ReadWriteWeb reports on the results of an interesting poll conducted over the last month ON LinkedIn regarding the most important social sites for establishing brand presence. More than 3,600 repondents selected between Twitter, Facebook, the iPhone (via applications), Digg and LinkedIn. Twitter commanded the majority of yes votes, with a 30% share of respondents, followed by Facebook’s 26% and LinkedIn’s 22%. While this is far from a landslide majority, the results definitely suggest a trend, as do the charts RWW provides in its posts. Most of the respondents were small businesses, with the vast majority comprising non-managers and managers (rather than owners). The largest job category represented was marketing. Respondents were mostly men and mostly between the ages of 25 and 54. RWW culls out the following overall points from the data:
Most appreciative of Twitter:Business owners,
C-Level or VPs. People at large- or medium-sized companies. People
doing business development, marketing or creative work.
Least appreciative of Twitter: Non-managers. People at very large or small businesses. Consultants, Salespeople and Engineers.
Most appreciative of LinkedIn: C-level and non-managers. At small- or medium-sized businesses. Doing consulting or sales.
Least appreciative of LinkedIn: Owners and managers. At large or enterprise companies. In creative or marketing departments.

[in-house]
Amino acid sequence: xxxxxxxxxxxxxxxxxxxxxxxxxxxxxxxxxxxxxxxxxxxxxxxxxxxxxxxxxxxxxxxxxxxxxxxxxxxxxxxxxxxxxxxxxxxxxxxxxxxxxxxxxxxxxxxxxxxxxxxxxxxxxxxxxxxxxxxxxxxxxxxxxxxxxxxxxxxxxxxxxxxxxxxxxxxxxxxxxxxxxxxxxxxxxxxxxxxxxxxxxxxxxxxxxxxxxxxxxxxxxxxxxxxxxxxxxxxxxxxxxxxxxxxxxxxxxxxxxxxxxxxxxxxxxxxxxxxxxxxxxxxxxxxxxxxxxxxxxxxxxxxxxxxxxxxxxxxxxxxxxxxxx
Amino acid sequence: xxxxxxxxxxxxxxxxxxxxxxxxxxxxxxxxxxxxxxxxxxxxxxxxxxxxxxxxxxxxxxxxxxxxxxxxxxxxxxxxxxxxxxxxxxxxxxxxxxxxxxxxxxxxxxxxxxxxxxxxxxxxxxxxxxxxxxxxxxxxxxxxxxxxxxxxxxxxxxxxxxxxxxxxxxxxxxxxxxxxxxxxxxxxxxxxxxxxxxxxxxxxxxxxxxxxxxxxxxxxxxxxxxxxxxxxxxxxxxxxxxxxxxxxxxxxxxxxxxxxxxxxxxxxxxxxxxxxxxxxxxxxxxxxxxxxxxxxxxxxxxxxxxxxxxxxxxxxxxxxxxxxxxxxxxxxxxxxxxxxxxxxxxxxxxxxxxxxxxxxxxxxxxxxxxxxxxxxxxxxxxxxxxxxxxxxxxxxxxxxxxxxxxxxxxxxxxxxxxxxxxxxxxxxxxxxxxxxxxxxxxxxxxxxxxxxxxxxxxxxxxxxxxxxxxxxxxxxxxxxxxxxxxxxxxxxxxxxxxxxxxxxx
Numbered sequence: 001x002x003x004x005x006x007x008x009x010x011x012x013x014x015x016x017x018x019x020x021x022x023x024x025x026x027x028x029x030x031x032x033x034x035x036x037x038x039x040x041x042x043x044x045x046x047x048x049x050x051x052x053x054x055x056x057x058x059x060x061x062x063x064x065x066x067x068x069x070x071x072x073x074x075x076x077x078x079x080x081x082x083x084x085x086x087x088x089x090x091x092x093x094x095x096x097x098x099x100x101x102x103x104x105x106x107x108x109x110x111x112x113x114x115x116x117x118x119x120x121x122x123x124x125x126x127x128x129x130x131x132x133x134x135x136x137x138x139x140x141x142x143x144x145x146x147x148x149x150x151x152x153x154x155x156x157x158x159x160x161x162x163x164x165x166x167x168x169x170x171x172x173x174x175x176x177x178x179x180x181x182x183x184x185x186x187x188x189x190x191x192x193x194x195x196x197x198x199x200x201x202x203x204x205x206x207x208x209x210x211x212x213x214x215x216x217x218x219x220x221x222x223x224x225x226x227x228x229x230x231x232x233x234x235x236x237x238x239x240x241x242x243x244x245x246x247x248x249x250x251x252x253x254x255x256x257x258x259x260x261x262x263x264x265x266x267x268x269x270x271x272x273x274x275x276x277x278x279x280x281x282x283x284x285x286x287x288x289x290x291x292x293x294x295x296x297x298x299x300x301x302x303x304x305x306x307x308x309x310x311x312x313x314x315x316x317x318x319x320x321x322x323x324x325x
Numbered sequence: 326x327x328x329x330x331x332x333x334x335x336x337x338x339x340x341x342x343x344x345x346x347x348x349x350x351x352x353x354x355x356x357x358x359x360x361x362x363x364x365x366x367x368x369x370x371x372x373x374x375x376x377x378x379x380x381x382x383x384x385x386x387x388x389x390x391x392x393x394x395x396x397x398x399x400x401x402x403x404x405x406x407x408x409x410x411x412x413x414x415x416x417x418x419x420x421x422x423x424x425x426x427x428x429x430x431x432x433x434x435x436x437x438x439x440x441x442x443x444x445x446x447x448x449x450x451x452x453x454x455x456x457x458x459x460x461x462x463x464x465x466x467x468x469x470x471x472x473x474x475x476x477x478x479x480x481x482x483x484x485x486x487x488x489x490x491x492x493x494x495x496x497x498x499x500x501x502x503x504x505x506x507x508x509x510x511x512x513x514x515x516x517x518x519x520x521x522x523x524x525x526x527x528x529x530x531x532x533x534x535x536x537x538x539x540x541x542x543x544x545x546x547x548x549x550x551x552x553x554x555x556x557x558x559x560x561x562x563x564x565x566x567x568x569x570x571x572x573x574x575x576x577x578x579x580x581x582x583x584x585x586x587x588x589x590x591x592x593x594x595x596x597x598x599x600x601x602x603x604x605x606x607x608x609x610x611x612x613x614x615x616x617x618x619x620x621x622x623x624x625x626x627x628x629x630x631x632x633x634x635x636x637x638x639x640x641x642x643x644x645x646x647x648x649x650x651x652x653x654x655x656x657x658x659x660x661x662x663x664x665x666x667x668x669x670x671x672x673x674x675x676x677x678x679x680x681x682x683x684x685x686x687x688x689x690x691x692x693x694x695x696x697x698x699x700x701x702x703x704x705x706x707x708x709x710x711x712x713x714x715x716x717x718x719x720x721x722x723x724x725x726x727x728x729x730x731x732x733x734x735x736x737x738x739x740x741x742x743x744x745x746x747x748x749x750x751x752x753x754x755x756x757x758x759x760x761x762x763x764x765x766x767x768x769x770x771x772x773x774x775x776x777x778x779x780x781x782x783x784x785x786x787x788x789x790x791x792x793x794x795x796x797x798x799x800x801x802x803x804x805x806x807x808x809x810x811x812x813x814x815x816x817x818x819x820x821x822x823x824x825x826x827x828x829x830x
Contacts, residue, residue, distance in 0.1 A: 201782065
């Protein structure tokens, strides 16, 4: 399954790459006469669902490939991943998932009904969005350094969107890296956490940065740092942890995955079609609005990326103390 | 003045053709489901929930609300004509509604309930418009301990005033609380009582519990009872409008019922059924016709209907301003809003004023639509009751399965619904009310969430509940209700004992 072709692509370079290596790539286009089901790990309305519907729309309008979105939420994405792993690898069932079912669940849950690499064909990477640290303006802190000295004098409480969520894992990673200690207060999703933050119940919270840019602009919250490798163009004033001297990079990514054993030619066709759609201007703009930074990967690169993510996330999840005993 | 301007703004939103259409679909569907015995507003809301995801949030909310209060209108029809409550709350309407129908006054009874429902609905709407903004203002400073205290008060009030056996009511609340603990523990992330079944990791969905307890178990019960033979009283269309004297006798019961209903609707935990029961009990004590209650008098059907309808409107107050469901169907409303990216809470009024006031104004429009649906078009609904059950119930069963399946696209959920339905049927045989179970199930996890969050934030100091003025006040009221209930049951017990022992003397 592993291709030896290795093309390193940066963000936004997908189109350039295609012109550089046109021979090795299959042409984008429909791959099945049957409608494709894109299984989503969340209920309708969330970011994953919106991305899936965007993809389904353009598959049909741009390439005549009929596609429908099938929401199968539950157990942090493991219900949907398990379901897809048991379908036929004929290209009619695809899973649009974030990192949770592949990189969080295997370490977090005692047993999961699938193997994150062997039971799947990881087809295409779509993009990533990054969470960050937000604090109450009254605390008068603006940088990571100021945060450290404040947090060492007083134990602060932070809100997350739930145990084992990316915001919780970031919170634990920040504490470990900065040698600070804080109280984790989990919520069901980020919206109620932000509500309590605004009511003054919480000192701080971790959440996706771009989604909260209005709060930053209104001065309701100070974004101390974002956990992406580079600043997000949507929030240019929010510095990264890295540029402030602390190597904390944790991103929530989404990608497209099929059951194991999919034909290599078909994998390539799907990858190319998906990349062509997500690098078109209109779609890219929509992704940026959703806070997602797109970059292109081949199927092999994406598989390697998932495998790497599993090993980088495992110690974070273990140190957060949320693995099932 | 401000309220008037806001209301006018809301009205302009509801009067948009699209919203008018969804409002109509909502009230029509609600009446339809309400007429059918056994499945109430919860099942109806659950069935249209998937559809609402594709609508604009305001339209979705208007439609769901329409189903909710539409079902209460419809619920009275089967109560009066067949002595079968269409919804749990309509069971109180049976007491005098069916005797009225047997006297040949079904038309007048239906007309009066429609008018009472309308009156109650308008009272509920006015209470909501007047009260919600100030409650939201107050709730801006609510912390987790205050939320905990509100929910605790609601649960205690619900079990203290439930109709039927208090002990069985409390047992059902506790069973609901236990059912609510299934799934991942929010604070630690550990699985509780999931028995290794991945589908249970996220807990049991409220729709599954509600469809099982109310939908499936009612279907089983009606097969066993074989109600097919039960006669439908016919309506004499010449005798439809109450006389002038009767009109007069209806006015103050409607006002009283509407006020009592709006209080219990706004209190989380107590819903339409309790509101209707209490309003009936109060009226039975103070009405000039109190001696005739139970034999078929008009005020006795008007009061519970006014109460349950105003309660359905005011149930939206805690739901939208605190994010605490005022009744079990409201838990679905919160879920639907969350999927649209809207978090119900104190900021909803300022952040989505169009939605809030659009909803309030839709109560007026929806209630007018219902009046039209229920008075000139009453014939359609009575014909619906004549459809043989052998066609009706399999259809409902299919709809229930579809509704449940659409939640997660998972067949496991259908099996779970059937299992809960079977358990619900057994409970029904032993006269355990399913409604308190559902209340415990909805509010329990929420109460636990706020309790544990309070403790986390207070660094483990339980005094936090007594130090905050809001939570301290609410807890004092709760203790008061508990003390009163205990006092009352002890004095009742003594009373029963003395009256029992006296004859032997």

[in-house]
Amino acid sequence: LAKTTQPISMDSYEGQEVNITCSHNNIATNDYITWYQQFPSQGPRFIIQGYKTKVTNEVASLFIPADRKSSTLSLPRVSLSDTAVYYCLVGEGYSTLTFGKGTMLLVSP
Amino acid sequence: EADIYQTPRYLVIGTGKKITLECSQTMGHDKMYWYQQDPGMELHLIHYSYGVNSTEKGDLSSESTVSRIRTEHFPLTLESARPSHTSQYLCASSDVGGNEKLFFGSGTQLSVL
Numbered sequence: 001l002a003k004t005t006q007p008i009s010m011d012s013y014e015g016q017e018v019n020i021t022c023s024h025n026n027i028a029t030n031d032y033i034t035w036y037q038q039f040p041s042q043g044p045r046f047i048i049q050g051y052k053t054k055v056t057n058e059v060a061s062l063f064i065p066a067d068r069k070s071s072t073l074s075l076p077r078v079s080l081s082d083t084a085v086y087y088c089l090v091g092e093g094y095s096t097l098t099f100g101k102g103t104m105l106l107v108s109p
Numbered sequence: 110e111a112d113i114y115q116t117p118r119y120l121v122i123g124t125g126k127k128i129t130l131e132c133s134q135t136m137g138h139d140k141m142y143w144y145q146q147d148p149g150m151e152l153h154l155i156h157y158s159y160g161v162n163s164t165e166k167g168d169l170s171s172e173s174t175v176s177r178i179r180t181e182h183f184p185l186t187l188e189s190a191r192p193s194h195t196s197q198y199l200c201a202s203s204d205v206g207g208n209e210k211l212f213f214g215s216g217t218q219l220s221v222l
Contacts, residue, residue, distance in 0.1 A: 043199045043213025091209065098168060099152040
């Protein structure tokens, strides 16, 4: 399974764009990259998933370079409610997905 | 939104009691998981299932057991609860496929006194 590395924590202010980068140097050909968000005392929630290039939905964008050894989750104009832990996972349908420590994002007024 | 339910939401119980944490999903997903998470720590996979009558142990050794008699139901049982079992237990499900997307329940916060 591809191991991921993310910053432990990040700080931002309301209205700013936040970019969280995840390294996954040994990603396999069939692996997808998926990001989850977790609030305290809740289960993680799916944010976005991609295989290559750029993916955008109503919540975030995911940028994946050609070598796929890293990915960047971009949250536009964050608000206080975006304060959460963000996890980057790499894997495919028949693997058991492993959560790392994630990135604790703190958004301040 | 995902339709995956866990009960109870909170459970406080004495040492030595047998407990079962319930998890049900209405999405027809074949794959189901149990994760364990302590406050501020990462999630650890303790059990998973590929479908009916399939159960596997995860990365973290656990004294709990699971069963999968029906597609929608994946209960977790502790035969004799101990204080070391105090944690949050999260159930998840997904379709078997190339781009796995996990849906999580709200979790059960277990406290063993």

There are more trends and conclusions noted in the RWW article and they are worth a read. Does this settle the ongoing debate regarding Twitter’s effectiveness as a business tool? Probably not, but the survey certainly puts a few warheads in the Twitter camp’s armory.
The Web is all a-twitter about Google‘s latest product announcement: Google Wave. Maybe you know all about it already. Maybe you have heard the name but haven’t yet delved into the deep research. Maybe you have no idea what I am talking about.
Here is a quick primer. Google Wave is a real-time communications platform. It hasn’t been released yet, but should be here before the end of 2009. Taking the best of modern communications tools, Wave blends them into one interface. It includes elements of email, messaging, chat, social networking, project management and even wikis. It is all about bringing people together to collaborate, chat, discuss, disseminate, elocute, share, argue, ponder, et cetera.
Mashable provides an excellent summary of the new kid on the block here. When Google says “real time”, they really mean it. You will be able to see characters as your partner in conversation types them. Instant communication! The application can be embedded in pages, sites or blogs and will support other developer applications within the overarching “wave” application. Anything within the “wave” can be edited by anyone else, hence the wiki feature. The “wave” offers a playback feature, because that “real time” sure can be “real fast.” There are natural language elements to the “wave” – including auto-correct and translation. You can even drag and drop a file into the wave, without the need to formally “attach” it.
Hit the jump above to Mashable’s very comprehensive review, with screen shots, glossary, explanations of gadgets and robots, and links to more resources. Of, if you have about an hours-worth of time and are more of a visual learner, check out the video below. Google Wave is the future of conferencing and across-the-miles collaboration, as well as social communication over the wires. Undoubtedly the Wave should be considered a key professional tool when it comes available, which from the looks of matters will be none-too-soon. Hang Ten!